Packaging Patients and Handing Them Over: Communication Context and Persuasion in the Emergency Department

Peter Nugus*, Sally McCarthy, Anne Holdgate, Jeffrey Braithwaite, Anna Schoenmakers, Cordula Wagner

*Corresponding author for this work

Research output: Contribution to journalArticlepeer-review

7 Citations (Scopus)


Study objective Communication is commonly understood by health professional researchers to consist of relatively isolated exchanges of information. The social and organizational context is given limited credit. This article examines the significance of the environmental complexity of the emergency department (ED) in influencing communication strategies and makes the case for adopting a richer understanding of organizational communication. Methods This study draws on approximately 12 months (1,600 hours) of ethnographic observations, yielding approximately 4,500 interactions across 260 clinicians and staff in the EDs of 2 metropolitan public teaching hospitals in Sydney, Australia. Results The study identifies 5 communication competencies of increasing complexity that emergency clinicians need to accomplish. Furthermore, it identifies several factors—hierarchy, formally imposed organizational boundaries and roles, power, and education—that contribute to the collective function of ensuring smooth patient transfer through and out of the ED. These factors are expressed by and shape external communication with clinicians from other hospital departments. Conclusion This study shows that handoff of patients from the ED to other hospital departments is a complex communication process that involves more than a series of “checklistable” information exchanges. Clinicians must learn to use both negotiation and persuasion to achieve objectives.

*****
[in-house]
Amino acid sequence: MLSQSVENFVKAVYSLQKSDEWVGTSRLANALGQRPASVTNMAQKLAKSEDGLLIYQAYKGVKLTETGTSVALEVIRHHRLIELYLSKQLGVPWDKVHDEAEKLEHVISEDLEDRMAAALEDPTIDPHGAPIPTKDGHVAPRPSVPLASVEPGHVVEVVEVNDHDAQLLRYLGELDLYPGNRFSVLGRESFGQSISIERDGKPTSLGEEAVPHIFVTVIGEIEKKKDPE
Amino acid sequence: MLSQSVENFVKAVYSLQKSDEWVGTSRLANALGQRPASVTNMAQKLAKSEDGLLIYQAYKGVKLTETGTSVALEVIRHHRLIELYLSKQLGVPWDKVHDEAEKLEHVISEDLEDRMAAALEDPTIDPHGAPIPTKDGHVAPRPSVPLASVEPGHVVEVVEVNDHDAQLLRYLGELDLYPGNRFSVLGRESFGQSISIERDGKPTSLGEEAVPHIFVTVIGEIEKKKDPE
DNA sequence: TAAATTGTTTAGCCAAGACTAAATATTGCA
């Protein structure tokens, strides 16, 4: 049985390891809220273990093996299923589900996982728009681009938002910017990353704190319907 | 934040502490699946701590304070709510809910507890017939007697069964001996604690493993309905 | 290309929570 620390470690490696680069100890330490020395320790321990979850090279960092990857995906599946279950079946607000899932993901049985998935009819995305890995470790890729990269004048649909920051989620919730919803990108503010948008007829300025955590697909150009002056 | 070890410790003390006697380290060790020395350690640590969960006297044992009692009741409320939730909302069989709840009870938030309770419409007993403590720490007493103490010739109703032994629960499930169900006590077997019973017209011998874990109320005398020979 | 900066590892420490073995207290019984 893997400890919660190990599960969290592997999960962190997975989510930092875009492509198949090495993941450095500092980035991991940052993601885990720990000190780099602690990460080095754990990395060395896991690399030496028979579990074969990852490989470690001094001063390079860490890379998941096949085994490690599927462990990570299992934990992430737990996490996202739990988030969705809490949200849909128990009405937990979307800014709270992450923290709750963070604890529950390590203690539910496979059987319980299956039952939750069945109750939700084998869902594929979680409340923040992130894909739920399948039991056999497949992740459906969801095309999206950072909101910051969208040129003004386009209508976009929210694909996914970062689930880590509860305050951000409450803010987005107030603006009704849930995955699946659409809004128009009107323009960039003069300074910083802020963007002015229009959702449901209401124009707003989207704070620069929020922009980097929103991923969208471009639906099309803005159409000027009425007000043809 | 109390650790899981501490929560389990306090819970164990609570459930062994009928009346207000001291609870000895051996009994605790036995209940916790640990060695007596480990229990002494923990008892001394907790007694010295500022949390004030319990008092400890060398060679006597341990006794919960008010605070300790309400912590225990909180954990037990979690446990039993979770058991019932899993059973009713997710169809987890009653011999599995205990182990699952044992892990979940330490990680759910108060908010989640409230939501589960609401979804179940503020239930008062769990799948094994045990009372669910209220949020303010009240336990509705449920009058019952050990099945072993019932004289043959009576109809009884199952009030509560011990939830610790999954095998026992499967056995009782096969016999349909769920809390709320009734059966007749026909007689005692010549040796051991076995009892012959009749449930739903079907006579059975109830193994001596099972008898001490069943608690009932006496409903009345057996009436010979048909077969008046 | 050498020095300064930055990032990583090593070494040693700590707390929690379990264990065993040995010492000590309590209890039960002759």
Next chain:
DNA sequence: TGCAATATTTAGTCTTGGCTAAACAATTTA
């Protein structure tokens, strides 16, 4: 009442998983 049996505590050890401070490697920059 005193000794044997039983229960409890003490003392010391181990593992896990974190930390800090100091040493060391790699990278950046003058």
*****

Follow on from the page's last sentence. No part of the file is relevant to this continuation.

Original languageEnglish
Pages (from-to)210-217
Number of pages8
JournalAnnals of Emergency Medicine
Issue number2
Publication statusPublished - 1 Feb 2017


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